Ramadan bazaars help set the scene for the holy month

Ramadan bazaars help set the scene for the holy month
Different malls and shopping centers organize special Ramadan bazaars with special offers for the holy month. (AFP)
Updated 13 May 2018

Ramadan bazaars help set the scene for the holy month

Ramadan bazaars help set the scene for the holy month
  • These bazaars cater to all aspects of Ramadan, from food to decorations and collectibles
  • These markets are usually decorated in the traditional style adorned with lanterns and vibrant colors

JEDDAH: With Ramadan almost upon us, preparations for the holy month are at their peak. Families are preparing food in advance for luscious iftars, decorating their homes and gearing up for prayers and Qur’an recitals.

Supermarkets are fully stocked and offering the best products and prices, while mosques are scheduling iftars and sahoors for people in need. New shows have been announced by the TV channels for what is their highest-rated month of the year. The government has also been busy arranging events and activities to benefit businesses and citizens.

Different malls and shopping centers also organize special Ramadan bazaars with special offers for the holy month. 

These bazaars cater to all aspects of Ramadan, from food to decorations and collectibles. Many vendors offer unusual, often one-of-a-kind, products. To make such places attractive to families, many activities are also organized for all family members. Such markets add color to Ramadan celebrations.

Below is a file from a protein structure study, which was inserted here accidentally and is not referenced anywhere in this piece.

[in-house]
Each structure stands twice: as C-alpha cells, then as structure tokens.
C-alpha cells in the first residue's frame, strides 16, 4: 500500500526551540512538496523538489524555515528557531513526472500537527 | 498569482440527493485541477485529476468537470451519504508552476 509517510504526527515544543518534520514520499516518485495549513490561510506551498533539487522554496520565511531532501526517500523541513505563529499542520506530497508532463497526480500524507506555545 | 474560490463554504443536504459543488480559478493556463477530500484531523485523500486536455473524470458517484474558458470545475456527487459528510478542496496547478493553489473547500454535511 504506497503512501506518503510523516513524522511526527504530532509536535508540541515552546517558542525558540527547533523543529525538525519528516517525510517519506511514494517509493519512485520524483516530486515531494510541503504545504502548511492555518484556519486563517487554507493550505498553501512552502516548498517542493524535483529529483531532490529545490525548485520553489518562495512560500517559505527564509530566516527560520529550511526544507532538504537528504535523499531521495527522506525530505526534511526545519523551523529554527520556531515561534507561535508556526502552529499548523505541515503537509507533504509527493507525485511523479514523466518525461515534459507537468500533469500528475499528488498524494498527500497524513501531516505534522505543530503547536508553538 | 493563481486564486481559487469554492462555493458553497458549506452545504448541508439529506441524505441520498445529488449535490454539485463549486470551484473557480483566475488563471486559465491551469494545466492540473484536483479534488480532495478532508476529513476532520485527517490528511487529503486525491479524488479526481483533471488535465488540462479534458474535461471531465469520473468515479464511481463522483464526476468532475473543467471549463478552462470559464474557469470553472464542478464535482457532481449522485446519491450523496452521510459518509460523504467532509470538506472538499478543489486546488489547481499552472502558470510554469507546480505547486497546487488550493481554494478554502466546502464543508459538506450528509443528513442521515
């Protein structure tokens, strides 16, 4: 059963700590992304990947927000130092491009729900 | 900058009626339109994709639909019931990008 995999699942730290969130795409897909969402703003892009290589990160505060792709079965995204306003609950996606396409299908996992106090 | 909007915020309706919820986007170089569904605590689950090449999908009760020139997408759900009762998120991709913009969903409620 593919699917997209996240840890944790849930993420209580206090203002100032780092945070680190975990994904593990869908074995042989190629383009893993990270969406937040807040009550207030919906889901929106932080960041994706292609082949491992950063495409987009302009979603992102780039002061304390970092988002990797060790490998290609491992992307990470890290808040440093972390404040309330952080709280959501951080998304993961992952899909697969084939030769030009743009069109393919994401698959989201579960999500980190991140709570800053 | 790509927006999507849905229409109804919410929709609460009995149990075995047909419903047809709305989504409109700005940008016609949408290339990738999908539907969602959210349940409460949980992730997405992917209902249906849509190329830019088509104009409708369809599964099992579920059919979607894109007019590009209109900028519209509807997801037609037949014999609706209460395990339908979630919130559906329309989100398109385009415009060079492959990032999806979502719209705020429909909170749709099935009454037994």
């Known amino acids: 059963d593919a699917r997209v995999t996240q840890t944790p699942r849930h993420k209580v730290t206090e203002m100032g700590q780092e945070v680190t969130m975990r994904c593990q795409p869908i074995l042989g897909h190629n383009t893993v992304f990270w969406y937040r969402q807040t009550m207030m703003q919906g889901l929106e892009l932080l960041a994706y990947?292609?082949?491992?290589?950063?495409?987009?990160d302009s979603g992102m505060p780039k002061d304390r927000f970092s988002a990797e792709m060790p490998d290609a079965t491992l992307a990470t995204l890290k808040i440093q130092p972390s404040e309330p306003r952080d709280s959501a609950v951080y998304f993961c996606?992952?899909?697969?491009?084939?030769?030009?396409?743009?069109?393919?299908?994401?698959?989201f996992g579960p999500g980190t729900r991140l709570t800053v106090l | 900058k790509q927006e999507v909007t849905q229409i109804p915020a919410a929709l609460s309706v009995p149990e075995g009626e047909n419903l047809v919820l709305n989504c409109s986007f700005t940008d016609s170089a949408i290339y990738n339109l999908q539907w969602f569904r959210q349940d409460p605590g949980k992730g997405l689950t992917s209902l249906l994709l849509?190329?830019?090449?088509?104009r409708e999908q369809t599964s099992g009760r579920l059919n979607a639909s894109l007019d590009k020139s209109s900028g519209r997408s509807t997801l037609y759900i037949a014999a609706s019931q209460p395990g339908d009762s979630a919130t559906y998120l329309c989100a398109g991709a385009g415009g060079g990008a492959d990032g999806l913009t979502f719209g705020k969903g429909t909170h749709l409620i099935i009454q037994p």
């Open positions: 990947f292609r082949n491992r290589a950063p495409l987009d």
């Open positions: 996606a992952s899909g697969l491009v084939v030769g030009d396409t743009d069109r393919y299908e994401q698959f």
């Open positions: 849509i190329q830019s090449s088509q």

These markets are usually decorated in the traditional style adorned with lanterns and vibrant colors, and filled with a sense of excitement for the arrival of Ramadan. 

Sara Al-Sobaie is a graduate of culinary school who specializes in European desserts such as macarons and meringues. 

She also sells unusual items such as edible flowers and glitter, which are not readily available in Saudi Arabia.

“We import products that people can use in baking that are hard to find here,” she said. 

“We try to import from countries such as France.”

Ahmad Shareef and Faiz Shareef are partners in The Honey Jar, which sells unusual flavors of honey, such as extra sweet, spicy and ginger. 

They aim to provide pure honey with no additives, which can be hard to find. They import their products from Peshawar, Yemen and Ethiopia.

“We sell different types of honey from different parts of the world,” said Ahmad. 

“We currently have seven types of honey but we hope to add more in the future."